Elliot Mazer: “I knew ‘Heart Of Gold’ was a hit when Neil played it. His songs are generally an overpowering feeling. Kenny, Drummond, Ben, Teddy and I are in the control room. Small space. Twelve feet by 20 feet. And Neil plays ‘Heart Of Gold’ and I look up and Kenny and I both at the same time put our fingers up as #1. We knew it. From then it was only a matter of time to get the thing done properly and out. Neil’s singing and playing on it was magnificent. His tempo was perfect. It was great. All we had to do was make sure we didn’t mess him up. I used a Neumann U67 or 87 microphone on his voice and rode his sound levels.

“Neil played ‘Old Man’ and sang it beautifully. I knew that was the take. I would know very early with Neil if it would be a take or not. I remember after that take, Neil came into the control room and saw Linda and James there and said, ‘Let’s record the backing vocals.’ And we did the backing vocals right in the control room. James played six-string banjo on it.”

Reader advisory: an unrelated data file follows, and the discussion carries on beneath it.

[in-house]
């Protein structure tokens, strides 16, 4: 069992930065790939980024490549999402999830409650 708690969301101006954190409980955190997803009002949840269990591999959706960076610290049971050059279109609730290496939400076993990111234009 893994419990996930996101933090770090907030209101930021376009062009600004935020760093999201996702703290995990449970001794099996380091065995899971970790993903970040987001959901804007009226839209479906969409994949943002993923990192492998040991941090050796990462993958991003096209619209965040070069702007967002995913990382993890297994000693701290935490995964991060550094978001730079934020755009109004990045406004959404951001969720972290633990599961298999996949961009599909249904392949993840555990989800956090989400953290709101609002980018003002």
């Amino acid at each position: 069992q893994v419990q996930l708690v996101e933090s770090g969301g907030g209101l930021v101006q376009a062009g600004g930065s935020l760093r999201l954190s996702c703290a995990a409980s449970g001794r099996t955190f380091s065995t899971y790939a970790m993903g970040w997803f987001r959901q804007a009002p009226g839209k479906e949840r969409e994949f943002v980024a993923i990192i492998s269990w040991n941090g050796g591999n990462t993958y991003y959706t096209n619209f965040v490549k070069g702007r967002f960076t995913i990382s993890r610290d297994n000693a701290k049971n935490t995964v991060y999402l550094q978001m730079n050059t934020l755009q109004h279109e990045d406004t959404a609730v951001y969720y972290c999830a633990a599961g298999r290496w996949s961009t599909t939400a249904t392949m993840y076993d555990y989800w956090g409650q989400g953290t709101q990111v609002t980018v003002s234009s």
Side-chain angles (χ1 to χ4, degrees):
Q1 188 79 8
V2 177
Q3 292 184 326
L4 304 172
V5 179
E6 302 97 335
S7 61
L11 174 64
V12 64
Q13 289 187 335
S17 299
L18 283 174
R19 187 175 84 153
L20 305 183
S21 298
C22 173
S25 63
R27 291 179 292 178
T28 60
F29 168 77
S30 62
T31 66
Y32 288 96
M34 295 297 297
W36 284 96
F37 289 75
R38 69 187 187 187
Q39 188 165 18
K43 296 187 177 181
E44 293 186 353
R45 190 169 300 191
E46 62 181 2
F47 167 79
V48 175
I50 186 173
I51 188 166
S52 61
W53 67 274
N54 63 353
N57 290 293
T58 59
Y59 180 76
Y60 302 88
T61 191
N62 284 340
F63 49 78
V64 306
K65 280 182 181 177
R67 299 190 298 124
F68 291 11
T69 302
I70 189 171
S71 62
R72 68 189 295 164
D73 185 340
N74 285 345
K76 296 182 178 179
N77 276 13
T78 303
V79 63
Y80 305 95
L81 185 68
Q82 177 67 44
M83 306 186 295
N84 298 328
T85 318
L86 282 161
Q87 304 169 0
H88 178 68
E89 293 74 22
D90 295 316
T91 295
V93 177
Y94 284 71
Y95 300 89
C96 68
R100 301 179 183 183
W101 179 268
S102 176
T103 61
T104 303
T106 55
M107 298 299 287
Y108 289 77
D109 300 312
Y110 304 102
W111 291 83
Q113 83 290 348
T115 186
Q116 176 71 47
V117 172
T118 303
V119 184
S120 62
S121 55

Linda Ronstadt: “I sang in Nashville with Neil [at Quadraphonic]. We were doing The Johnny Cash Show and Neil was there. James Taylor was there. After we got finished with the TV show, Neil said, ‘I’m going to go record. Will you guys come along?’ So we recorded ‘Old Man’ and ‘Heart Of Gold’.  It took all night long. We didn’t get there until midnight. It was just before dawn, we came out of there and it had begun to snow.

Henry Diltz Courtesy of Gary Strobl